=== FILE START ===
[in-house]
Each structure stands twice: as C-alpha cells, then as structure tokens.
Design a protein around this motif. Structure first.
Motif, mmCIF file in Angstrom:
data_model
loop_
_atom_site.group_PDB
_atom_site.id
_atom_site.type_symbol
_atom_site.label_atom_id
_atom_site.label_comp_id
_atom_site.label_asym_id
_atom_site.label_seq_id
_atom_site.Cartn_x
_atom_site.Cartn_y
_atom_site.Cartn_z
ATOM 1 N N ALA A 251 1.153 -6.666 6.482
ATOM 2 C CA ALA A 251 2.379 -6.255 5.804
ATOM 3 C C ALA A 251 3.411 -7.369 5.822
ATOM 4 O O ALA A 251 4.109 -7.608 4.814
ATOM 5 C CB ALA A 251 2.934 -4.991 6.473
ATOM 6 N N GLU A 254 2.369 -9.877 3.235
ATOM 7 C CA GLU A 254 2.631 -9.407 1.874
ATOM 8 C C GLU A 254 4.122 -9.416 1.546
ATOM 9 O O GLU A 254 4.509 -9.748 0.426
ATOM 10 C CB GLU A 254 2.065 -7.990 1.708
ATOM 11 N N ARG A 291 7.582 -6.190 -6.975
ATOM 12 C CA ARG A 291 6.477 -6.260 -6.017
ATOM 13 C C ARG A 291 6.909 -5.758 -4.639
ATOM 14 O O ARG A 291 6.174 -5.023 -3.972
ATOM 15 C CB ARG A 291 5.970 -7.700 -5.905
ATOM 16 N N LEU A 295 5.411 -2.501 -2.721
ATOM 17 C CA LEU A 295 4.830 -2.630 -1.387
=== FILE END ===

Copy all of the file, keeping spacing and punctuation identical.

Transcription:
[in-house]
Each structure stands twice: as C-alpha cells, then as structure tokens.
Design a protein around this motif. Structure first.
Motif, mmCIF file in Angstrom:
data_model
loop_
_atom_site.group_PDB
_atom_site.id
_atom_site.type_symbol
_atom_site.label_atom_id
_atom_site.label_comp_id
_atom_site.label_asym_id
_atom_site.label_seq_id
_atom_site.Cartn_x
_atom_site.Cartn_y
_atom_site.Cartn_z
ATOM 1 N N ALA A 251 1.153 -6.666 6.482
ATOM 2 C CA ALA A 251 2.379 -6.255 5.804
ATOM 3 C C ALA A 251 3.411 -7.369 5.822
ATOM 4 O O ALA A 251 4.109 -7.608 4.814
ATOM 5 C CB ALA A 251 2.934 -4.991 6.473
ATOM 6 N N GLU A 254 2.369 -9.877 3.235
ATOM 7 C CA GLU A 254 2.631 -9.407 1.874
ATOM 8 C C GLU A 254 4.122 -9.416 1.546
ATOM 9 O O GLU A 254 4.509 -9.748 0.426
ATOM 10 C CB GLU A 254 2.065 -7.990 1.708
ATOM 11 N N ARG A 291 7.582 -6.190 -6.975
ATOM 12 C CA ARG A 291 6.477 -6.260 -6.017
ATOM 13 C C ARG A 291 6.909 -5.758 -4.639
ATOM 14 O O ARG A 291 6.174 -5.023 -3.972
ATOM 15 C CB ARG A 291 5.970 -7.700 -5.905
ATOM 16 N N LEU A 295 5.411 -2.501 -2.721
ATOM 17 C CA LEU A 295 4.830 -2.630 -1.387